Steel yourselves: tariff shock prompts SA's plea to the US


Steel yourselves: tariff shock prompts SA's plea to the US

Minister makes formal submission as country faces 25% duty on steel and aluminium

Mark Allix

Trade and Industry Minister Rob Davies has formally requested that South Africa be excluded from US duties on steel and aluminium.
This comes after President Donald Trump, in a presidential proclamation published late last week, temporarily exempted the European Union, Canada, Mexico, Argentina, Australia, Brazil and South Korea from 25% tariffs on steel products and 10% tariffs on aluminium, respectively. As “friendly nations”, these countries have until May 1 2018 to negotiate levies on steel and aluminium.
But their exemption means South African steel and aluminium exports to the US will be hit with a 25% duty.
Paolo Trinchero, CEO of the SA Institute of Steel Construction, said South Africa’s formal submissions “will involve a substantial amount of time and money with no guarantee of success”.He says the tariff applies to primary steel and some secondary products such as tube and pipe. Products with high value add, such as machinery, are not included.
Trinchero said: “I think the US approach is to flag items which are easy to classify and ring-fence. As products become more complex with substantial value add they disappear into categories famously referred to as ‘other’.”
Trinchero said earlier in March, when Trump first announced the tariffs, that the right approach was for the US to apply to the World Trade Organisation for anti-dumping measures, bound tariff rates and safeguards, if necessary. “This approach is a legal process that gives both sides the right of reply.”
The Department of Trade and Industry said South Africa’s ambassador to the US, Mninwa Mahlangu, has been engaging with White House national security council staff, the US State Department and the Office of the US Trade Representative on the tariffs.In addition, Davies has held a teleconference with ambassador Curtis CJ Mahoney, the deputy US trade representative for investment, services, labour, environment, Africa, China and the Western Hemisphere. This provided an opportunity for discussions, the department said.
The tariffs come amid broad industry investigations under Section 232 of the Trade Expansion Act of 1962, as amended, to help the US determine the effects of imports on its national security.In January 2018, the US Department of Commerce delivered Section 232 reports on steel and aluminium to Trump. These conclude that the country’s steel imports were nearly four times its steel exports, and that aluminium imports had risen to 90% of total demand for primary aluminium.Trichero said the Section 232 stipulation of national security applies to imported steel used in the US military industrial complex and “does not really work” when it comes to importing a fridge or a pump. “Perhaps quotas could form part of a negotiation or application” to lessen the affect of the tariffs.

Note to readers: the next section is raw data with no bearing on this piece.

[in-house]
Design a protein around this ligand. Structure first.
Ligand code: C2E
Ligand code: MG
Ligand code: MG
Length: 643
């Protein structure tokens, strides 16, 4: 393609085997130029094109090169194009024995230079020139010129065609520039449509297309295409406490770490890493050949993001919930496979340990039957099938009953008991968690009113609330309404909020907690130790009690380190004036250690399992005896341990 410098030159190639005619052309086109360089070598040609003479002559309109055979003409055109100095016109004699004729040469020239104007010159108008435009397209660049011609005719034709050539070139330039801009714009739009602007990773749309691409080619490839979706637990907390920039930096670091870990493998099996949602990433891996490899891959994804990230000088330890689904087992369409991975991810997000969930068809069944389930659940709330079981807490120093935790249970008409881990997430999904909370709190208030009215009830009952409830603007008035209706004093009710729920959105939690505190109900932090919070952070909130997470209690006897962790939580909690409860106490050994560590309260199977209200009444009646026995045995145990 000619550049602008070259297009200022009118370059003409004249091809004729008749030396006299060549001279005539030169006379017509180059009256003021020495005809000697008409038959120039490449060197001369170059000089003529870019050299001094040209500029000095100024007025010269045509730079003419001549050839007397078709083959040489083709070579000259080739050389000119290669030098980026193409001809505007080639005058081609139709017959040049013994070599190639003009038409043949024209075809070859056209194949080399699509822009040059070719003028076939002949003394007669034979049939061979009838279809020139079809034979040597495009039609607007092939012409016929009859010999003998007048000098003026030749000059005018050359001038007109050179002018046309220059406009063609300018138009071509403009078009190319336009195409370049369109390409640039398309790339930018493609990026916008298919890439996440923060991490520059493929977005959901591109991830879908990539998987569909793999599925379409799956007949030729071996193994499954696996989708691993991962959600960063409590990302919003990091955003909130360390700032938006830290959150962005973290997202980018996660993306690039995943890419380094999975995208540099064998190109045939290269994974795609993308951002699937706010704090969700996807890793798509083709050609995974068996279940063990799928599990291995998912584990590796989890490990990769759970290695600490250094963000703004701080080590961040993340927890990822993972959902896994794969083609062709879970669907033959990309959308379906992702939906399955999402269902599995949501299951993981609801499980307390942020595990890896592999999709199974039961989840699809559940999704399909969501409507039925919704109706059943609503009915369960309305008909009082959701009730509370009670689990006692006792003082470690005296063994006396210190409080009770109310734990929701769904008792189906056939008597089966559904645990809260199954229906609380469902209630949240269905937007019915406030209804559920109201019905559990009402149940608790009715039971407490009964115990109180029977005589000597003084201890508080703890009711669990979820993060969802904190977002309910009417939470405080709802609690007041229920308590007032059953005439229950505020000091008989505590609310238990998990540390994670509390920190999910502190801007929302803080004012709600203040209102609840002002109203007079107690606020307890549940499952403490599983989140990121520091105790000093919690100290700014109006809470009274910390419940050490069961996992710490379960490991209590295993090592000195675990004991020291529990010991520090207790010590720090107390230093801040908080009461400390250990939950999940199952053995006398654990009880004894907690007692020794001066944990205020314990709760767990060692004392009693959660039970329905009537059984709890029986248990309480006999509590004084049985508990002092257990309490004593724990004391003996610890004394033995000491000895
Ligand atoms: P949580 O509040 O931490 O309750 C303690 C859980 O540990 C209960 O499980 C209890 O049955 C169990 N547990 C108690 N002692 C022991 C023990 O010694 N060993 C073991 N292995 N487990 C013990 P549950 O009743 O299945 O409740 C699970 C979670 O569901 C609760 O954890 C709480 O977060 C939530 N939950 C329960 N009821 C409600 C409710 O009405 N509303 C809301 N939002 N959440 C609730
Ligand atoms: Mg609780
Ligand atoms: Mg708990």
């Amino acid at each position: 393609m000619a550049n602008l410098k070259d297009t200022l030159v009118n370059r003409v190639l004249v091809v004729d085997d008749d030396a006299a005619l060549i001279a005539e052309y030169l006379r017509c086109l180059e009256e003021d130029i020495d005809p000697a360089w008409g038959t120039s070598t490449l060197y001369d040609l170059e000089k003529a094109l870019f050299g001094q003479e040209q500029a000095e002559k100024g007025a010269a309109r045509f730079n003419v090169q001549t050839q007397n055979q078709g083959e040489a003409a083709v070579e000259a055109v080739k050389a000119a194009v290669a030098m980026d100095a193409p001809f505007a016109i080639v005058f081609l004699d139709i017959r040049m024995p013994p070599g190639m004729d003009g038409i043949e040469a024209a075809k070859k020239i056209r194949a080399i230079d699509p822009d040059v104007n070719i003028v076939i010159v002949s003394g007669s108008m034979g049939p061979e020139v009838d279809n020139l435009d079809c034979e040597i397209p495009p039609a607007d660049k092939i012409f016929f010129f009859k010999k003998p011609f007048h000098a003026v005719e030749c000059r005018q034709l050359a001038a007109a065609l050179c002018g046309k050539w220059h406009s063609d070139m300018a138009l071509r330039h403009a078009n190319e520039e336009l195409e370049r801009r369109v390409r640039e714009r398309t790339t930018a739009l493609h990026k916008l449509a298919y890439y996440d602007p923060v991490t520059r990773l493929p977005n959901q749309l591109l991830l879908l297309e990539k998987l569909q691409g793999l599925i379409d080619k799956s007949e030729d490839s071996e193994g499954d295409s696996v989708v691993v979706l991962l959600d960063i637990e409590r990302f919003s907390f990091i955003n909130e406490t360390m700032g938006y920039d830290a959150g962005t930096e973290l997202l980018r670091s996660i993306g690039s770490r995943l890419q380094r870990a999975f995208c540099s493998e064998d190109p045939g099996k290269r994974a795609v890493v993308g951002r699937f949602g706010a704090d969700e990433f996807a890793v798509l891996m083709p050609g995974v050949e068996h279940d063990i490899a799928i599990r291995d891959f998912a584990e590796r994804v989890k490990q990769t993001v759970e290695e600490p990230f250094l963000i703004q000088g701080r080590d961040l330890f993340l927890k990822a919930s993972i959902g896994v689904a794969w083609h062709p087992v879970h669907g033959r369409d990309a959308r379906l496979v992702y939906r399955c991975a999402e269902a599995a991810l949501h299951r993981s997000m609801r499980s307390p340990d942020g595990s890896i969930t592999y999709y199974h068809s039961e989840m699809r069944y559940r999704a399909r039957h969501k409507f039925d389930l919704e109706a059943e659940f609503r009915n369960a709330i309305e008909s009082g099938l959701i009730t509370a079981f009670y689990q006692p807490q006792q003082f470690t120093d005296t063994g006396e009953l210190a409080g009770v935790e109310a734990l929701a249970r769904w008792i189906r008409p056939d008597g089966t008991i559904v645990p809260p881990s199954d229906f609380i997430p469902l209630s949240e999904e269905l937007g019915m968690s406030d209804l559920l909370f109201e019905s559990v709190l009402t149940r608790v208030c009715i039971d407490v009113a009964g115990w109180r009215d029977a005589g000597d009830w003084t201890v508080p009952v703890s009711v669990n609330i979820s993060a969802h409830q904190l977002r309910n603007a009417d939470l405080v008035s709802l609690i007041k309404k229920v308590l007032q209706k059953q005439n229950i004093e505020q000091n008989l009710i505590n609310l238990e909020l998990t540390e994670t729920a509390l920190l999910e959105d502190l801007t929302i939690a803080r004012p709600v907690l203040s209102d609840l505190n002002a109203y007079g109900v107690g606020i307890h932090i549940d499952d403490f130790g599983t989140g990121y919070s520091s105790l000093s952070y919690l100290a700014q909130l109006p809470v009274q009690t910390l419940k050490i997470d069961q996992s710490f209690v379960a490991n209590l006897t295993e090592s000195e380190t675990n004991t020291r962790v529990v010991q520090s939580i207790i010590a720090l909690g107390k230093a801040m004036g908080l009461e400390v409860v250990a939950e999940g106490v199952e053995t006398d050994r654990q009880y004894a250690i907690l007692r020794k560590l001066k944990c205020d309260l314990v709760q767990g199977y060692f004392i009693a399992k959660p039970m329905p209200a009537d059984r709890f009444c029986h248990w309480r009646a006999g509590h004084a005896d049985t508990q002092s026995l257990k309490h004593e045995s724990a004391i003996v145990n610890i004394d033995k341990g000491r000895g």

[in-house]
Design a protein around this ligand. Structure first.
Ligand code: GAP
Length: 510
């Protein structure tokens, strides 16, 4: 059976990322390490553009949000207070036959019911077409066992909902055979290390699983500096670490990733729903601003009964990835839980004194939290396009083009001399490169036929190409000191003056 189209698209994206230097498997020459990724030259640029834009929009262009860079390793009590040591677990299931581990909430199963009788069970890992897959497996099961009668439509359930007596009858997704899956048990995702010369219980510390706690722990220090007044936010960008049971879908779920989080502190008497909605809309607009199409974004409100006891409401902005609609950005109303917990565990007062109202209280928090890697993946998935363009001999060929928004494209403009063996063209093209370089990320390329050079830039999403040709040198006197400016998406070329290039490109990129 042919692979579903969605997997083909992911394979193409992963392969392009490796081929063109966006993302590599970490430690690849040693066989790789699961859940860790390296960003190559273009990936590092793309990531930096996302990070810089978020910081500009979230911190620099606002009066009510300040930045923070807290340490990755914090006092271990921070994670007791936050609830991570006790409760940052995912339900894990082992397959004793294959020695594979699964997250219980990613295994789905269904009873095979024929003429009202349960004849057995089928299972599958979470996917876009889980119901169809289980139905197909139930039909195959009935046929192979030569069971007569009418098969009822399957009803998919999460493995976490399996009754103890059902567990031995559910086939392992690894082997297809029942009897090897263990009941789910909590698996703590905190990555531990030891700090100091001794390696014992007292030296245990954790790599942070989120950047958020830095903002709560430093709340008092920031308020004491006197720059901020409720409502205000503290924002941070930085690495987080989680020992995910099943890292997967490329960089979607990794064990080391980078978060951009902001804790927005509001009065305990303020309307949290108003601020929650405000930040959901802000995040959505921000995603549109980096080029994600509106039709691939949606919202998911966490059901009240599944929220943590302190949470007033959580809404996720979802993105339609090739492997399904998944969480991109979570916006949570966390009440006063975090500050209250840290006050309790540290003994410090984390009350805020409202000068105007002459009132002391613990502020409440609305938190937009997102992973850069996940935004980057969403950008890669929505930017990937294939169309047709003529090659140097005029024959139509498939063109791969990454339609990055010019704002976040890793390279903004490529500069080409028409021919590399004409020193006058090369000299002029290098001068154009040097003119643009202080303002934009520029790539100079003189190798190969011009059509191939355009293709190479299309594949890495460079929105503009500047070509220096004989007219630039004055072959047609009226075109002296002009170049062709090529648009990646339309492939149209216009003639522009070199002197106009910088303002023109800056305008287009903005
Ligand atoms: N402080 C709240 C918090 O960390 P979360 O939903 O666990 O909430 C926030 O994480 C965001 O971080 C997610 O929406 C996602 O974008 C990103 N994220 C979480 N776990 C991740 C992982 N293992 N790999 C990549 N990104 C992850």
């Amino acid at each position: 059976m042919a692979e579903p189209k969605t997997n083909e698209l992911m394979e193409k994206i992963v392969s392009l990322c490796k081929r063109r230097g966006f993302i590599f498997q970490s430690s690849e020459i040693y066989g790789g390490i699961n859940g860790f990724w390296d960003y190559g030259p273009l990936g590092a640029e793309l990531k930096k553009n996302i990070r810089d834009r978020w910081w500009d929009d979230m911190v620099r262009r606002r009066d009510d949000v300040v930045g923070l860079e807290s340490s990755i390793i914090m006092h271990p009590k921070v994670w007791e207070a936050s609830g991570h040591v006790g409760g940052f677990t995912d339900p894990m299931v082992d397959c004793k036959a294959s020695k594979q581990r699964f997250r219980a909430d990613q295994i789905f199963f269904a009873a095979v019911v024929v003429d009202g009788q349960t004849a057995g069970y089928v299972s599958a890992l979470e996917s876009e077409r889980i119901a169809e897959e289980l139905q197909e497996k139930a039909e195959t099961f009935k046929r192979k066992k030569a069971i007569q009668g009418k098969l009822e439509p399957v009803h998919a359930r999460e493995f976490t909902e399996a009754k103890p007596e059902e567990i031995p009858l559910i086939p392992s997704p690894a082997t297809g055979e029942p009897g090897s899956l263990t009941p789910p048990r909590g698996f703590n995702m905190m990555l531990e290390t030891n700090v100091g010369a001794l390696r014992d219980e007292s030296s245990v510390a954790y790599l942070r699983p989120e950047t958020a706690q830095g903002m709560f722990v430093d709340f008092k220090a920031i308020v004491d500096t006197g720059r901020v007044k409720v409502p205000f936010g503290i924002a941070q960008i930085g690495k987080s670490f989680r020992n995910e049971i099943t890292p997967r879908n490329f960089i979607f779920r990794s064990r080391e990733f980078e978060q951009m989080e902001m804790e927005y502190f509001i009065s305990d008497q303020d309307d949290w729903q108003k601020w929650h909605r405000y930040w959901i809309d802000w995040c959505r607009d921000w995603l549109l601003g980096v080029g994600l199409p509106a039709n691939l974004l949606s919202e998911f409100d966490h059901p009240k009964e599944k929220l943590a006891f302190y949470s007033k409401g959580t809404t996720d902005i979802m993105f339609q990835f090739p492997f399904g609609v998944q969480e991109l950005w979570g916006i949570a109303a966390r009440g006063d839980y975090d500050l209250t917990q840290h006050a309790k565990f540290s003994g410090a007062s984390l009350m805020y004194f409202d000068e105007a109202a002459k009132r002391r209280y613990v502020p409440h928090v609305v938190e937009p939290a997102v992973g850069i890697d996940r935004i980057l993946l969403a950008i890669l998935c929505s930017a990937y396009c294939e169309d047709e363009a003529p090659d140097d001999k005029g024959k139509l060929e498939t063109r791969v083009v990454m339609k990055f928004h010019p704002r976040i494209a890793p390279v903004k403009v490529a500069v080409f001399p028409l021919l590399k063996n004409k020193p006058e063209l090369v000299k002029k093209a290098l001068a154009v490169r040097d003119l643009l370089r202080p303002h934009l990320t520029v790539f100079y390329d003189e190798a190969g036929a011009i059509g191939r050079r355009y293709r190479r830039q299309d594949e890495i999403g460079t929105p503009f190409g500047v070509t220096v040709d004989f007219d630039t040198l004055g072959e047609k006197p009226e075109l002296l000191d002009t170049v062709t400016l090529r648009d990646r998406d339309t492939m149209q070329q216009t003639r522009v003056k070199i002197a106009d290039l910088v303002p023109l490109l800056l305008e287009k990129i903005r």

The SA Iron and Steel Institute said customs data shows that total domestic exports of primary steel products to all countries in 2017 came to 2.4-million tons, or about 35% of South Africa’s estimated primary steel output of  six million tons. The value of these exports was about R26-billion. The US makes up only about 10% of this.
The institute’s Abri Audie said that according to Trump’s proclamation, steel including ingots, blooms, billets, slabs, coils, plates, sheets, bars, rail accessories, structural shapes, pipe, wire and many other steel product types are affected.Meanwhile, Davies, in his submission to US authorities, has emphasised that South African exports of aluminium products to the US each year are equal to about 1.6% of that country’s total aluminium imports. These products consist of specialised aluminium sheet, coil and plate for processing in the US automotive, battery and aerospace industries.Hulamin CEO Richard Jacob said South African exporters to the US “are likely to be disadvantaged” depending on who they compete with in the exempted countries. The JSE-listed group is an aluminium beneficiator that supplies electric car maker Tesla with its products, among other US-based industries.
“The tariff codes named include both primary aluminium and certain other categories of processed aluminium,” Jacob said.
But what this might mean in terms of South Africa’s automotive exports to the US “is still unclear”.

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